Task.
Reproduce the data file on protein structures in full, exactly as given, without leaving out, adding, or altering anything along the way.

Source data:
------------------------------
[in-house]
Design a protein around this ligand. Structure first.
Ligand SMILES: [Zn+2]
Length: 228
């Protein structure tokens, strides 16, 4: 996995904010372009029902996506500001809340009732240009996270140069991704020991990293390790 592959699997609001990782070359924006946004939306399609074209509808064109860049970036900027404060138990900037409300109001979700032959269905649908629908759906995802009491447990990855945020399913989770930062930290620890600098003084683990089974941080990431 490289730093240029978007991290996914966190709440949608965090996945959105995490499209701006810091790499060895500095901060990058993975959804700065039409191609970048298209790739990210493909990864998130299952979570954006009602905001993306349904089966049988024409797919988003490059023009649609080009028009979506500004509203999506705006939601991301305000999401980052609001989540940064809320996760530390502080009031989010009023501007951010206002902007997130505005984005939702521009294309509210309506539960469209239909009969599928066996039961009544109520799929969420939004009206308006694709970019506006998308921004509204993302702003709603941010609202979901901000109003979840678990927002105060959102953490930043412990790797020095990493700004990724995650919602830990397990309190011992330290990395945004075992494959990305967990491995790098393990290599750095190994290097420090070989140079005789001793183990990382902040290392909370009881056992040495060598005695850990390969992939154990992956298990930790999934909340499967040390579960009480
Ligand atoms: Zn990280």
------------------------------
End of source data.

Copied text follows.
[in-house]
Design a protein around this ligand. Structure first.
Ligand SMILES: [Zn+2]
Length: 228
């Protein structure tokens, strides 16, 4: 996995904010372009029902996506500001809340009732240009996270140069991704020991990293390790 592959699997609001990782070359924006946004939306399609074209509808064109860049970036900027404060138990900037409300109001979700032959269905649908629908759906995802009491447990990855945020399913989770930062930290620890600098003084683990089974941080990431 490289730093240029978007991290996914966190709440949608965090996945959105995490499209701006810091790499060895500095901060990058993975959804700065039409191609970048298209790739990210493909990864998130299952979570954006009602905001993306349904089966049988024409797919988003490059023009649609080009028009979506500004509203999506705006939601991301305000999401980052609001989540940064809320996760530390502080009031989010009023501007951010206002902007997130505005984005939702521009294309509210309506539960469209239909009969599928066996039961009544109520799929969420939004009206308006694709970019506006998308921004509204993302702003709603941010609202979901901000109003979840678990927002105060959102953490930043412990790797020095990493700004990724995650919602830990397990309190011992330290990395945004075992494959990305967990491995790098393990290599750095190994290097420090070989140079005789001793183990990382902040290392909370009881056992040495060598005695850990390969992939154990992956298990930790999934909340499967040390579960009480
Ligand atoms: Zn990280």